Carel van der Merwe (SKA SA Infrastructure/Ancillary system engineer) and Richard took the time to point out some salient features of the containers:

Each container has two shielded doors. This enables a person to enter and exit a container while maintaining the shielding effectiveness at all times. Each door also has a double row of copper fingers all along the edge, thus maximising the shielding effectiveness (apparently, it exceeds 120 dB when measured up to 3 GHz, but don’t ask me what that means!).

A quick practical test to see whether the shielding did indeed work was to close one of the shielded doors and to check whether we had any cellphone reception inside the container: there was none (and for once that is a good thing!!).

Richard explaining the important features of the containers

Richard explaining the important features of the containers

In addition, the outer door has a rubber seal that helps to protect the inside from the elements and from dust (imperative in a dry and dusty place like the Karoo). Carel also showed me the false floor of the containers by lifting up one of the floor tiles; this space is used for routing cables and cooling pipes.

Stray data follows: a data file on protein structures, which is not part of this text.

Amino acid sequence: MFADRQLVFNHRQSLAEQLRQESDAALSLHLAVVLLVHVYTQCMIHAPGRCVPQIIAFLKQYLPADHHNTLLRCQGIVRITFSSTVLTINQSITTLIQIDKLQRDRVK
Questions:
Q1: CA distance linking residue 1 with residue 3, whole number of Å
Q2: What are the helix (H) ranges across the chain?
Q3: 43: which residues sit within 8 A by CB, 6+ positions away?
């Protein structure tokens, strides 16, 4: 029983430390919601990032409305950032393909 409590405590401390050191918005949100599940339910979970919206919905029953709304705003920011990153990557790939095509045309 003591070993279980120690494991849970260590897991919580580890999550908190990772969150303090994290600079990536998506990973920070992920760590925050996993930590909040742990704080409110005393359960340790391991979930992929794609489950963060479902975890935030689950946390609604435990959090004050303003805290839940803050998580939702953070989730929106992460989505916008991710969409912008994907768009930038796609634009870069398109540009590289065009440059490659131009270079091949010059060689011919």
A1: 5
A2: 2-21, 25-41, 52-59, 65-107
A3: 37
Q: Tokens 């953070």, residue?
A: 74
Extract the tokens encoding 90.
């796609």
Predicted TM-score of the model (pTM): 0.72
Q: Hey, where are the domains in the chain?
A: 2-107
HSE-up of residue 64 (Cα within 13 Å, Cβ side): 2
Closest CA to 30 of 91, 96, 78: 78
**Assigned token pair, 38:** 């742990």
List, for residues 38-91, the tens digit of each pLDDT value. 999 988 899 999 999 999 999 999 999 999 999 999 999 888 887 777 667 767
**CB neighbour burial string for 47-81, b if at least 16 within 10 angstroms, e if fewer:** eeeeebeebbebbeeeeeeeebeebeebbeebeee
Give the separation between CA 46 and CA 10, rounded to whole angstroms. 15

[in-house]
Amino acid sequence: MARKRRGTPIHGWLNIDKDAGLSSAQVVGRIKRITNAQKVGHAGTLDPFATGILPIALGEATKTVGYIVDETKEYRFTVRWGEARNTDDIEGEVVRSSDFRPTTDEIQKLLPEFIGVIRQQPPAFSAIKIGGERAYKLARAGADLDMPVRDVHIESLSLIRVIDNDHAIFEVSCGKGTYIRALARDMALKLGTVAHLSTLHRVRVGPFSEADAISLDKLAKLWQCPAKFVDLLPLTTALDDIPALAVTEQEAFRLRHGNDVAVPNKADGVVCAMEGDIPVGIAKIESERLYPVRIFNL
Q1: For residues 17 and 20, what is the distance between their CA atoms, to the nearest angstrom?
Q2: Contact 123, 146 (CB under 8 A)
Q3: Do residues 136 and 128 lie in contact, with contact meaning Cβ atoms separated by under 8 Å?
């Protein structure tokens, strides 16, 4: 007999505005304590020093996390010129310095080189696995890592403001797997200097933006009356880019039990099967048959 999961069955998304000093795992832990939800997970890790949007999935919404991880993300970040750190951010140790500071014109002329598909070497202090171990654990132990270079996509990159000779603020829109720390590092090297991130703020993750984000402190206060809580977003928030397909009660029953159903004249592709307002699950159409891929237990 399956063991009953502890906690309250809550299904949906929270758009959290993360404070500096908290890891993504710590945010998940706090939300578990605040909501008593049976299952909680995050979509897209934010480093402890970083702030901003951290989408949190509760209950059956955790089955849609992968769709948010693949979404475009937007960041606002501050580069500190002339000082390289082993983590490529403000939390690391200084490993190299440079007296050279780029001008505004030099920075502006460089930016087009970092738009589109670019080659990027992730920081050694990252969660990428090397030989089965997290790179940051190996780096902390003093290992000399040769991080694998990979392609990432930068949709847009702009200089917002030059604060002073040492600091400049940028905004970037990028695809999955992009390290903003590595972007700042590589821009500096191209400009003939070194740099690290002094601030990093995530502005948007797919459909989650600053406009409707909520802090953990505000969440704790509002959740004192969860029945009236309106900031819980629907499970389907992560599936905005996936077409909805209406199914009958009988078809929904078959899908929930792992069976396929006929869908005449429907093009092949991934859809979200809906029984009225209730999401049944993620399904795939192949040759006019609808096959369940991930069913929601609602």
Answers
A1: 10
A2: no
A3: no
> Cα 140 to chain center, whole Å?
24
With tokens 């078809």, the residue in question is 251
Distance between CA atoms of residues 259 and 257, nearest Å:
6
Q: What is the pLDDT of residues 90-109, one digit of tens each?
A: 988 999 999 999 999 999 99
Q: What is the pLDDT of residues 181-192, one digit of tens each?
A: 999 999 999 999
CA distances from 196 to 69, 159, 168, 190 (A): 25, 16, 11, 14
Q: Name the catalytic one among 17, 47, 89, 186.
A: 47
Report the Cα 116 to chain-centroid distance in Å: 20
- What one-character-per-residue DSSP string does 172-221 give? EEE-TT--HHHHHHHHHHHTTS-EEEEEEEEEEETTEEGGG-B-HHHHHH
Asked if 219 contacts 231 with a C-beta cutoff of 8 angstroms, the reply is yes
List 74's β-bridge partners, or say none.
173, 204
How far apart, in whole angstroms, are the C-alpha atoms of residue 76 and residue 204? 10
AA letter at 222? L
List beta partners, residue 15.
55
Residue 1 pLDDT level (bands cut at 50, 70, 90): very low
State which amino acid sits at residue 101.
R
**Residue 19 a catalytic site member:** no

When you enter the container, motion detectors automatically switch on lights and a fan, which blows filtered fresh air in through a honeycomb structure; this honeycomb prevents electromagnetic waves passing through. When the doors were closed while we were all standing inside, it was quite a relief to know that there was fresh air coming in!

I can imagine that it would be quite claustrophobic working inside these sealed-off containers when the doors are shut and the equipment is humming. Someone suggested that they could put up pretty landscape pictures on the inside, so that you would have the illusion of looking out through a window. (I rather like that idea!)

And because no KAT function would be complete without a sporting event of some sort, the guys set up a volleyball net on the lawns and burnt off some of the calories they had consumed at lunchtime.

A friendly volleyball match

A friendly volleyball match

P.S. I’ve just received confirmation that the article I wrote has appeared in the SKA South Africa Newsletter No. 10 (see website or download the PDF from here). So now you can read the official version there! Yayyy!!!

P.P.S. A lengthy article about the MeerKAT and SKA projects appeared in Popular Mechanics of December 2007.